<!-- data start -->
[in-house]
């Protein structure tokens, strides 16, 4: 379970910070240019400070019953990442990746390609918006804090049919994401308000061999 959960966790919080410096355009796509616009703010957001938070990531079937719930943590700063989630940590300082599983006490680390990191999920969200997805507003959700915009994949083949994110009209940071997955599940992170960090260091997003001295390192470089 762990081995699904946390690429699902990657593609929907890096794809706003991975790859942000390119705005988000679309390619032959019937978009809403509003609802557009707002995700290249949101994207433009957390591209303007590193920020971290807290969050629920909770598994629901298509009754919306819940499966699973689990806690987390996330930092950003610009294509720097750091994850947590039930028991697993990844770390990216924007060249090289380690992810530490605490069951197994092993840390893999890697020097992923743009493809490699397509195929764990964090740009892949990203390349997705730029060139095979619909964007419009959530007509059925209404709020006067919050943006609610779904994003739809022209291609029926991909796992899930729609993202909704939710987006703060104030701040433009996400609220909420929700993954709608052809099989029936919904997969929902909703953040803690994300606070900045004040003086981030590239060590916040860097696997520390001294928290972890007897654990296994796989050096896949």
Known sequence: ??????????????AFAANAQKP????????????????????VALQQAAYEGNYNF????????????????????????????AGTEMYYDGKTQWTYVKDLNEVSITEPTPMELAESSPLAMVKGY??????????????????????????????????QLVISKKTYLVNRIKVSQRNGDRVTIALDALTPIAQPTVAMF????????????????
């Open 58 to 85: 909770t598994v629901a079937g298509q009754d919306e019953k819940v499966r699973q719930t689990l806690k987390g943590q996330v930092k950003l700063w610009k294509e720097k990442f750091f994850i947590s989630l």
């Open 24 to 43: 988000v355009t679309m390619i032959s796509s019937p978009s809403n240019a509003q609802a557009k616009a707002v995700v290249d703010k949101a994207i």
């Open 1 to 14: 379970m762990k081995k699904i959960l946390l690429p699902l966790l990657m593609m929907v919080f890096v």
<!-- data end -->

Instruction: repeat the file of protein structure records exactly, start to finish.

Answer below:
[in-house]
């Protein structure tokens, strides 16, 4: 379970910070240019400070019953990442990746390609918006804090049919994401308000061999 959960966790919080410096355009796509616009703010957001938070990531079937719930943590700063989630940590300082599983006490680390990191999920969200997805507003959700915009994949083949994110009209940071997955599940992170960090260091997003001295390192470089 762990081995699904946390690429699902990657593609929907890096794809706003991975790859942000390119705005988000679309390619032959019937978009809403509003609802557009707002995700290249949101994207433009957390591209303007590193920020971290807290969050629920909770598994629901298509009754919306819940499966699973689990806690987390996330930092950003610009294509720097750091994850947590039930028991697993990844770390990216924007060249090289380690992810530490605490069951197994092993840390893999890697020097992923743009493809490699397509195929764990964090740009892949990203390349997705730029060139095979619909964007419009959530007509059925209404709020006067919050943006609610779904994003739809022209291609029926991909796992899930729609993202909704939710987006703060104030701040433009996400609220909420929700993954709608052809099989029936919904997969929902909703953040803690994300606070900045004040003086981030590239060590916040860097696997520390001294928290972890007897654990296994796989050096896949």
Known sequence: ??????????????AFAANAQKP????????????????????VALQQAAYEGNYNF????????????????????????????AGTEMYYDGKTQWTYVKDLNEVSITEPTPMELAESSPLAMVKGY??????????????????????????????????QLVISKKTYLVNRIKVSQRNGDRVTIALDALTPIAQPTVAMF????????????????
């Open 58 to 85: 909770t598994v629901a079937g298509q009754d919306e019953k819940v499966r699973q719930t689990l806690k987390g943590q996330v930092k950003l700063w610009k294509e720097k990442f750091f994850i947590s989630l």
């Open 24 to 43: 988000v355009t679309m390619i032959s796509s019937p978009s809403n240019a509003q609802a557009k616009a707002v995700v290249d703010k949101a994207i």
């Open 1 to 14: 379970m762990k081995k699904i959960l946390l690429p699902l966790l990657m593609m929907v919080f890096v």